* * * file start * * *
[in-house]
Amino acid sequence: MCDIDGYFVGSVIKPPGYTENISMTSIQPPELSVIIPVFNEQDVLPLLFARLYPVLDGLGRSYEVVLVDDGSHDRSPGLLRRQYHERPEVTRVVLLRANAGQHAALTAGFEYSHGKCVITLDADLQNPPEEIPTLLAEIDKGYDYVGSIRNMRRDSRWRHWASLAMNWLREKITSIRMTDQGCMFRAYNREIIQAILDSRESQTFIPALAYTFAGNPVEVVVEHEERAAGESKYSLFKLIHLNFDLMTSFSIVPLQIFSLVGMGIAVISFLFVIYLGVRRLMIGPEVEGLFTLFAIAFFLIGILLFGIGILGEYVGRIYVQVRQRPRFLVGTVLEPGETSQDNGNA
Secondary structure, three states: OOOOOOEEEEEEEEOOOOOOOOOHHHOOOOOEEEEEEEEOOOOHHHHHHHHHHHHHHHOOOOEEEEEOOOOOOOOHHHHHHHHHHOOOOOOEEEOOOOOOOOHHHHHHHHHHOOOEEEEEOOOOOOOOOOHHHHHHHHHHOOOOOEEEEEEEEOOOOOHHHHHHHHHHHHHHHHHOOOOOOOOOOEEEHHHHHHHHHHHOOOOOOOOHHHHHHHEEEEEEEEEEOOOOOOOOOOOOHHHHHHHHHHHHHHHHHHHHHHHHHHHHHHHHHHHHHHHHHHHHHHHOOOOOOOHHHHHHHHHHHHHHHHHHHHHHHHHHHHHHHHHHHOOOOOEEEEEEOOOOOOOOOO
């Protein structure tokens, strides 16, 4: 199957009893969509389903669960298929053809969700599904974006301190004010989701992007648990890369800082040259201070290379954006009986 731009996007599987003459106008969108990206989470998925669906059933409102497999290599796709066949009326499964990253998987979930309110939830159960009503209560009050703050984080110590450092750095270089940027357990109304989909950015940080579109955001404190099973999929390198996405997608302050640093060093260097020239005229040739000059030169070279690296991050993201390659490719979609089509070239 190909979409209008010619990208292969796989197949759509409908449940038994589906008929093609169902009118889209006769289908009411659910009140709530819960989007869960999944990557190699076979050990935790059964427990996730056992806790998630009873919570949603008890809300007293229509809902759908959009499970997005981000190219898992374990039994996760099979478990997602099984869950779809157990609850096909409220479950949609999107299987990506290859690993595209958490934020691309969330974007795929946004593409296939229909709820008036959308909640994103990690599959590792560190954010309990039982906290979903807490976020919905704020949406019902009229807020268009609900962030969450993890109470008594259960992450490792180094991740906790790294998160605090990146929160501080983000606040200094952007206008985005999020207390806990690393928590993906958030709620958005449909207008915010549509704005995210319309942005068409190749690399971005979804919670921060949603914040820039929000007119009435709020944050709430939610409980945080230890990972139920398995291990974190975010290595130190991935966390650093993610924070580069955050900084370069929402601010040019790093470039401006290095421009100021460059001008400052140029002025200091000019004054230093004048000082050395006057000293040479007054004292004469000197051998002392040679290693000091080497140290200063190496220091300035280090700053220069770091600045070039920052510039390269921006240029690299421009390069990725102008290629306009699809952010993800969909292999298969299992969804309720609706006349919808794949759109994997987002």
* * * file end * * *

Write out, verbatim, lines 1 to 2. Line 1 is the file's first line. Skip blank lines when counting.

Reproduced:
[in-house]
Amino acid sequence: MCDIDGYFVGSVIKPPGYTENISMTSIQPPELSVIIPVFNEQDVLPLLFARLYPVLDGLGRSYEVVLVDDGSHDRSPGLLRRQYHERPEVTRVVLLRANAGQHAALTAGFEYSHGKCVITLDADLQNPPEEIPTLLAEIDKGYDYVGSIRNMRRDSRWRHWASLAMNWLREKITSIRMTDQGCMFRAYNREIIQAILDSRESQTFIPALAYTFAGNPVEVVVEHEERAAGESKYSLFKLIHLNFDLMTSFSIVPLQIFSLVGMGIAVISFLFVIYLGVRRLMIGPEVEGLFTLFAIAFFLIGILLFGIGILGEYVGRIYVQVRQRPRFLVGTVLEPGETSQDNGNA